Five years ago today, hundreds of thousands of Egyptians crowded Cairo’s downtown Tahrir Square, starting the popular revolution that deposed dictator Hosni Mubarak and gave Arab Spring its name. Five years later, the region is still in chaos–or transition, depending how you look at it. ISIS is on the rise, and world powers have “failed” to stop the civil war in Syria. Those “quotes” are there because it’s clear that this is beyond the ability of world powers to control.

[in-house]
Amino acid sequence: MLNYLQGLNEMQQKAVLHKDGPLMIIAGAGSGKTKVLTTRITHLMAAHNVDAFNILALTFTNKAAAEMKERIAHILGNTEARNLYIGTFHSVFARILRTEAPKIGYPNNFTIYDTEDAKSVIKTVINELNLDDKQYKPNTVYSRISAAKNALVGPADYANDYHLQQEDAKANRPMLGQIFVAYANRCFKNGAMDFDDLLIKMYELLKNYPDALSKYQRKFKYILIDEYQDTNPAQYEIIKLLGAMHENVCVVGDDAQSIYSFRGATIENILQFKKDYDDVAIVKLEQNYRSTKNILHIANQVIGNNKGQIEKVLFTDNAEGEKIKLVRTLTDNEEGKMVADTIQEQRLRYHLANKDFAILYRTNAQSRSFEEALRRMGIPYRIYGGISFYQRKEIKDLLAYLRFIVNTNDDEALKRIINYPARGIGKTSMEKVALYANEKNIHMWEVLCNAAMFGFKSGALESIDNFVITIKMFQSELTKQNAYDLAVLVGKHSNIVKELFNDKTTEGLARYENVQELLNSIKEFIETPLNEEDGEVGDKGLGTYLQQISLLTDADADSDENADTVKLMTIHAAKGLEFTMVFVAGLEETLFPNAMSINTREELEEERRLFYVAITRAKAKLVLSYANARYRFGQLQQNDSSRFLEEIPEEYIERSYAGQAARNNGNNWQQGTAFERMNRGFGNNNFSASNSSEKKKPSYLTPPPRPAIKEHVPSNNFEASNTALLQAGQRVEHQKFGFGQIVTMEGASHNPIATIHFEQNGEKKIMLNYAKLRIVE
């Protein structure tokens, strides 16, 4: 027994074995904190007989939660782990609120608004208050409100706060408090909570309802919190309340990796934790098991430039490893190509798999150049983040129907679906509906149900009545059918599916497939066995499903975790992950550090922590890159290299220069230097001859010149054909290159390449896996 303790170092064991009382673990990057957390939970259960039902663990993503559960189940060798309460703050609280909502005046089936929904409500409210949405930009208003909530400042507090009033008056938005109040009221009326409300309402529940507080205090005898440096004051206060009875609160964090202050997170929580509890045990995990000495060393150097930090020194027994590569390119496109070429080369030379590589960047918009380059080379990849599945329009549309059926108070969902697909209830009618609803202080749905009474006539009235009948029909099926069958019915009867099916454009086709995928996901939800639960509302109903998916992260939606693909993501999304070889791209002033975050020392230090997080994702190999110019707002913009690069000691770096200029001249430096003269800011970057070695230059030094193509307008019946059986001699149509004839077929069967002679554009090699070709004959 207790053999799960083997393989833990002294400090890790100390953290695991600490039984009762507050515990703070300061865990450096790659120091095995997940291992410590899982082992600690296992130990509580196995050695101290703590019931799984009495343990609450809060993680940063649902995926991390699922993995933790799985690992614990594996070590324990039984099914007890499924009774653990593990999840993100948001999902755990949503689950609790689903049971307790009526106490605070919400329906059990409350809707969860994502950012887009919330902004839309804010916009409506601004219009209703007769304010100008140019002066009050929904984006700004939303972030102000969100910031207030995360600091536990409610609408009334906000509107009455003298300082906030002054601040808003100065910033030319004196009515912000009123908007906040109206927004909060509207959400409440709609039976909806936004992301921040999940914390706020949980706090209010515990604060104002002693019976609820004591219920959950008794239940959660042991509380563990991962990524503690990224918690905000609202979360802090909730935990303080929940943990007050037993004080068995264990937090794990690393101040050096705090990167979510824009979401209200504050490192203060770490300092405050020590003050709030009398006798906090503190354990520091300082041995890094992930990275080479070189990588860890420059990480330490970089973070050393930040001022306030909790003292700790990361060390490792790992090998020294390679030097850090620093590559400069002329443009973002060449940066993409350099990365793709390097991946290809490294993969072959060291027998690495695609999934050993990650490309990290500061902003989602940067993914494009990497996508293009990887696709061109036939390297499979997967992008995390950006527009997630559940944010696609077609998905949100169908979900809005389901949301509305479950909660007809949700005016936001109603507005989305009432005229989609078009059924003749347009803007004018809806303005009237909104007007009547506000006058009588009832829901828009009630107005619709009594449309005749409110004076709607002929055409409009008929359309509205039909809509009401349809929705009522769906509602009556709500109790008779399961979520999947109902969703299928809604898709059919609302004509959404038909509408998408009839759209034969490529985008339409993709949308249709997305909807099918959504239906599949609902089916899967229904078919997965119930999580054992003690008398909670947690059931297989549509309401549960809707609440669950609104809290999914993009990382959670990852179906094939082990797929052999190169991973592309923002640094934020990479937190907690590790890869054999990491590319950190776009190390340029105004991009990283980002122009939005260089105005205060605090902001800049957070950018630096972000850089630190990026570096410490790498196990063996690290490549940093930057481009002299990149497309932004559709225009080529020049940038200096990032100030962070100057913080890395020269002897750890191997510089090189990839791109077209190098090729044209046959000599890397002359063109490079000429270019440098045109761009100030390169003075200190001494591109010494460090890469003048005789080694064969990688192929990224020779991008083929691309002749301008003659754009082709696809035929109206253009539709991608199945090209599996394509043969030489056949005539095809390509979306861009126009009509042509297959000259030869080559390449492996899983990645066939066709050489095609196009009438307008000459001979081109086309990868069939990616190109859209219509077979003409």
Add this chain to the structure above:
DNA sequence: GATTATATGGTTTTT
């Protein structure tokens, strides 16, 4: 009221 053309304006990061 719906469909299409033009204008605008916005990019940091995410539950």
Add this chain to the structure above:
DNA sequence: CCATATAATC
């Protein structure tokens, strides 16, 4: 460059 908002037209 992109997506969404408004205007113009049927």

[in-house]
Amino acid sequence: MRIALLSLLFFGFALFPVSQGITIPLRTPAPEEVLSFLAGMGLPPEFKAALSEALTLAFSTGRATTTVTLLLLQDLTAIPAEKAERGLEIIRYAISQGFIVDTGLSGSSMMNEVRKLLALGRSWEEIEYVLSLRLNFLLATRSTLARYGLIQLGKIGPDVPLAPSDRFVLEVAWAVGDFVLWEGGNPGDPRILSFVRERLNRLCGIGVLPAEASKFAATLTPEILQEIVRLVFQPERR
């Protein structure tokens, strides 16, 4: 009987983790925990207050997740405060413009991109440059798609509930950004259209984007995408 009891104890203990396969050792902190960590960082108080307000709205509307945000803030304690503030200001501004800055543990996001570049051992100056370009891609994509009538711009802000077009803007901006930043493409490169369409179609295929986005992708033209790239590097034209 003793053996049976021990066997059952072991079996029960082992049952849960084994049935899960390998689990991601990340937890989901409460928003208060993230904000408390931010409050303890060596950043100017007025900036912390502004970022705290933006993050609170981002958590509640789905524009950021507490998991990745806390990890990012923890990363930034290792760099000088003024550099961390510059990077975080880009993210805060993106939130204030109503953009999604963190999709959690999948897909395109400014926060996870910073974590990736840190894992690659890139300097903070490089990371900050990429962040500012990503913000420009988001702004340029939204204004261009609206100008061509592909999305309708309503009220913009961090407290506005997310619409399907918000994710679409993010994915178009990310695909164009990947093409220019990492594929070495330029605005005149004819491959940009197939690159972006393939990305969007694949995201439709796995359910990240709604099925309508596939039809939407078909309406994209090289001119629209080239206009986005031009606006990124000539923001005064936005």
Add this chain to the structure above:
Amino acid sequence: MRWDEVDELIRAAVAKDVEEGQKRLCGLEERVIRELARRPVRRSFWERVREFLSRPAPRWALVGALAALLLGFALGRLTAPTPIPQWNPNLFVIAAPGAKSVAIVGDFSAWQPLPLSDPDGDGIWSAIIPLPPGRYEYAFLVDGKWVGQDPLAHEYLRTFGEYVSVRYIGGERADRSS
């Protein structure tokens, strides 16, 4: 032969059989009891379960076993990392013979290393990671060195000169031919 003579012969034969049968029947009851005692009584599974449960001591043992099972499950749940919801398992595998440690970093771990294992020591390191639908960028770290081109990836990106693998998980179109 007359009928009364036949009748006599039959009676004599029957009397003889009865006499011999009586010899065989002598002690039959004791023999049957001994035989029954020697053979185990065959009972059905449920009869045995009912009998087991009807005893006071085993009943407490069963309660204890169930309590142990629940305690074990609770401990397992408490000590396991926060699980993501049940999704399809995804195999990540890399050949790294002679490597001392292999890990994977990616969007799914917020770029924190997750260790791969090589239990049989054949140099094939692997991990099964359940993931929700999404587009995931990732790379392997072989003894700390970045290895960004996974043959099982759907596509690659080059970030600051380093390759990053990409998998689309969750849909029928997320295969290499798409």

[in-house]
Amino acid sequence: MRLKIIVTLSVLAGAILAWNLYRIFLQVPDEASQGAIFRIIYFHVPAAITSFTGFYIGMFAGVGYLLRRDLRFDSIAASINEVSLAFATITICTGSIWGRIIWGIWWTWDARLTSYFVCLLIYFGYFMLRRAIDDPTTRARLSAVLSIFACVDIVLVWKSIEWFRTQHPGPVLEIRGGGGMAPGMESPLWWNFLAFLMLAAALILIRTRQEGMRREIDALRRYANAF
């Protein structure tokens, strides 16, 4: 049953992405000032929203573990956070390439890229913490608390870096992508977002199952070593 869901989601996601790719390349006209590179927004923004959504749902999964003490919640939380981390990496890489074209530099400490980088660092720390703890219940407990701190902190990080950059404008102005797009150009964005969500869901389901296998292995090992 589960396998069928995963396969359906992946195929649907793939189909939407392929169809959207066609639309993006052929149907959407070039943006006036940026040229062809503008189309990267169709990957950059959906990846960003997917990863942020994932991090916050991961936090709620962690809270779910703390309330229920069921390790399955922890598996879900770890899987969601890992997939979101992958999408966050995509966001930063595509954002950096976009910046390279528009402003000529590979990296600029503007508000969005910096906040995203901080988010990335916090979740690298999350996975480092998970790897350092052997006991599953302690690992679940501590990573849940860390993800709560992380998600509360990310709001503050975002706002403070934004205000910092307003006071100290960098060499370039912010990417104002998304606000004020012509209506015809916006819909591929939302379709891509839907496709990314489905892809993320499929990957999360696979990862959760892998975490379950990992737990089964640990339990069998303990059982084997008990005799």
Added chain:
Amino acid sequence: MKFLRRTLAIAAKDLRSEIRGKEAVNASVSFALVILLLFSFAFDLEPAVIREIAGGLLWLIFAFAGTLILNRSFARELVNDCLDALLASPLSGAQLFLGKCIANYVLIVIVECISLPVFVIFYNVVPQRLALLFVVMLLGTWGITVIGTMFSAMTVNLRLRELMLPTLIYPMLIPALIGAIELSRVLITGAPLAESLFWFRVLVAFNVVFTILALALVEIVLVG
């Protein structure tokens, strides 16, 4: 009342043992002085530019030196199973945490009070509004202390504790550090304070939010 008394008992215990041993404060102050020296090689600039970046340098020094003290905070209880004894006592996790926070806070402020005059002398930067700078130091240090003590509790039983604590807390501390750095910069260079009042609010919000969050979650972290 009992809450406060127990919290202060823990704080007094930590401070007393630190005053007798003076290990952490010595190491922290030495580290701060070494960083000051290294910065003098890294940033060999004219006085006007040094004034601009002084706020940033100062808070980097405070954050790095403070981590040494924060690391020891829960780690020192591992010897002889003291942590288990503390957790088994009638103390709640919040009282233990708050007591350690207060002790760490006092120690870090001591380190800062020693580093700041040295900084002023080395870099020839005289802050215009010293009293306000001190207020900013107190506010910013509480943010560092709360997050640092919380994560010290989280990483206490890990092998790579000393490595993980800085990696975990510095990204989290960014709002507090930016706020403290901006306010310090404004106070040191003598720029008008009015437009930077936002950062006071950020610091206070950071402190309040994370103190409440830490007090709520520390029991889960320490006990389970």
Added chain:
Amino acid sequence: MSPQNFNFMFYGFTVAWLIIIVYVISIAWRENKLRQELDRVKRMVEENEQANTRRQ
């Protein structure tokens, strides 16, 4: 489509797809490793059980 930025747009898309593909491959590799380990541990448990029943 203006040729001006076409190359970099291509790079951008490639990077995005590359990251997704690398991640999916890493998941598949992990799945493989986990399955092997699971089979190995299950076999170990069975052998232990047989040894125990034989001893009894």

Russian bombing runs have helped the regime of Syrian President Bashar Assad regain control of parts of its native Alawite stronghold for now, but as this map shows, relating to Syria and Iraq according to their official borders is becoming a waste of time. This is what I mean when I say, over and over again, that the region is undergoing a historic realignment. It’s hard for the world to accept that–it has institutions like the UN that are built around nations, and nations are disappearing over here. These are some of the things I talked about a few minutes ago with host P.J. Maloney on KQV Radio in Pittsburgh, starting with the ISIS video showing some of the terrorists who carried out the Paris atrocities.